Earlier this week I began a new series called “Vancouver Icons” that will combine information about famous city landmarks with a collection of photos I find on Flickr. When I first started blogging I wanted to showcase the lesser-known aspects of Vancouver life, history, and culture – helping people explore beyond the tourist traps and cliche photo ops. However, there are so many iconic places and things around Vancouver that we pass every day and may not know much about. Today’s Vancouver Icons feature is the Marine Building.
Known most recently for its cameos in locally-filmed television shows and movies (eg. as the Daily Planet in Smallville) the Marine Building is one of Vancouver’s most recognizable buildings.
Construction began March 13, 1929 with a ceremony attended by Mayor W.H. Malkin who blew a golden whistle to start the excavators in motion. The building formally opened October 7, 1930 with 21 floors at a height of 321 feet – it defined Vancouver’s skyline.
It has ornate ocean-themed features everywhere you look on the inside and out, from carvings to clocks and elevators. A few of the features as described by the late Chuck Davis on his site, Vancouver History:
- Great Entrance: “Seahorses and pufferfish still swim along outside the building between the second and third floors. Boats and ships move past, biplanes and a Zeppelin fly by. A train chugs past. It’s one of the great entrances in Canada. Seventy-six years ago, when it was new and the colors were brighter, it must have been a dazzler.”
- Elevators: “The lobby, small as it is, is a masterpiece. There are five elevators, their doors of solid brass intricately and interestingly designed. There was a time when five uniformed young women stood beside them, each carefully chosen for her beauty. The elevators were the fastest in the city at 700 feet a minute, at a time when 150 feet a minute was the norm.”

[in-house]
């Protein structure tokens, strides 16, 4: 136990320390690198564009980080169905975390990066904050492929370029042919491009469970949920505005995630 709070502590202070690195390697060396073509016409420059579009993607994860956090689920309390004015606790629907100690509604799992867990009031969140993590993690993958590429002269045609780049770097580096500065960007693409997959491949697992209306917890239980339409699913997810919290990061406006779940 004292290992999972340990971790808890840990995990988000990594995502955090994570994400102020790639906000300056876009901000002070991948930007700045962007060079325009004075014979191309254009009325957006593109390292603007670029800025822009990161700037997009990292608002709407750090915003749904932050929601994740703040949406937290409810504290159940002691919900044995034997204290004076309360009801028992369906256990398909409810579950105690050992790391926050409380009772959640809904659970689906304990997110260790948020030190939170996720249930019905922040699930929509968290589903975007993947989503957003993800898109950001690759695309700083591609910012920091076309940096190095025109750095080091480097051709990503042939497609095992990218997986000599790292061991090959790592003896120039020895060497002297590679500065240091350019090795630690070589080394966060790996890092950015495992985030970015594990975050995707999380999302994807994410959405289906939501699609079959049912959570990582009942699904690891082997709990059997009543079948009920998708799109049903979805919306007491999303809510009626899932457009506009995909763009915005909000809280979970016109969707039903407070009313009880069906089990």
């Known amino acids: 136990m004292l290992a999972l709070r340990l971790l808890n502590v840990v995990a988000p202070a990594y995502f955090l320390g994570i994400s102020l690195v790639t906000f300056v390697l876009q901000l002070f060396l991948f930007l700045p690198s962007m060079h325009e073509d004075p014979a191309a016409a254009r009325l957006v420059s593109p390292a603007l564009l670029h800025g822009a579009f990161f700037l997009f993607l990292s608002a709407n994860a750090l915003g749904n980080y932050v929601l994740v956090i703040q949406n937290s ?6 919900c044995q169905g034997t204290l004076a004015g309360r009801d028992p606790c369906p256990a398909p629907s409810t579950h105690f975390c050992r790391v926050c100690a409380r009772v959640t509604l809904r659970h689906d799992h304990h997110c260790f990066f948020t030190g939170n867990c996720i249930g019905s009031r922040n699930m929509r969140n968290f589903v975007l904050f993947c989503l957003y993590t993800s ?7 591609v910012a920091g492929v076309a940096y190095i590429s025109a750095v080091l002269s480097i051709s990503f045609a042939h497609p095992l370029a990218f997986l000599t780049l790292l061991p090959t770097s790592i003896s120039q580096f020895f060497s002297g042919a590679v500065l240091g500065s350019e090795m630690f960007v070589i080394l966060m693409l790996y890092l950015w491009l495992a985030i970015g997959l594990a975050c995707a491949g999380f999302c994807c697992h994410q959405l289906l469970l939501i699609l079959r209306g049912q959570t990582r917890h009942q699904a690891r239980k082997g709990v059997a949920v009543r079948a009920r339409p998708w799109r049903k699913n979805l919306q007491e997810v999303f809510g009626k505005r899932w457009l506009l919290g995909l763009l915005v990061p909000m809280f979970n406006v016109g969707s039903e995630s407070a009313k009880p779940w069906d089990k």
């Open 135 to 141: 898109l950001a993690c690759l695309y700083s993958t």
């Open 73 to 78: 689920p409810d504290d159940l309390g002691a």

- Lobby: “On the east wall of the lobby is a clock with unusually shaped numbers. When the big hand is on the starfish and the little hand is on the crab, it’s six o’clock. The lobby floor has 12 inlaid signs of the zodiac and was once made of a material called Corkoid, imported from Inverness, Scotland. It has now been replaced with look-alike material.”
You can spend an afternoon gazing up at the art deco details on the exterior of the building – many of which you may not notice in passing but will discover upon closer inspection. The Marine Building is located on Burrard between West Hastings and Cordova.
Other Vancouver Icons posts: Christ Church Cathedral, Waterfront Station, Pacific Central Station, Randall Building Mural, East Van Cross, Robert Burns Statue in Stanley Park, Vancouver Maritime Museum, Flack Block, The Drop, Prospect Point Lighthouse, Engagement, Ovaltine Cafe, The English Bay Slide, Freezing Water #7, Cleveland Dam, Heritage Hall, School of Theology Building at UBC, Gate to the Northwest Passage, St Paul’s Hospital, Capilano Lake, Stawamus Chief, Nine O’Clock Gun, Malkin Bowl, Search, Vancouver Rowing Club, Echoes, Point Atkinson Lighthouse, English Bay Inukshuk, Hollow Tree, Hotel Europe, Lions Gate Bridge Lions, LightShed, Granville Bridge, 217.5 Arc x 13′, Canoe Bridge, Vancouver Block, Bloedel Conservatory, Centennial Rocket, Canada Place, Old Courthouse/Vancouver Art Gallery, Dominion Building, Science World, Gastown Steam Clock, SFU Burnaby, Commodore Lanes, Siwash Rock, Kitsilano Pool, White Rock Pier, Main Post Office, Planetarium Building, Lord Stanley Statue, Vancouver Library Central Branch, Victory Square, Digital Orca, The Crab Sculpture, Girl in Wetsuit, The Sun Tower, The Hotel Vancouver, The Gassy Jack Statue, The Marine Building, and The Angel of Victory. Should you have a suggestion for the Vancouver Icons series please feel free to leave a note in the comments. It should be a thing, statue, or place that is very visible and recognizable to the public.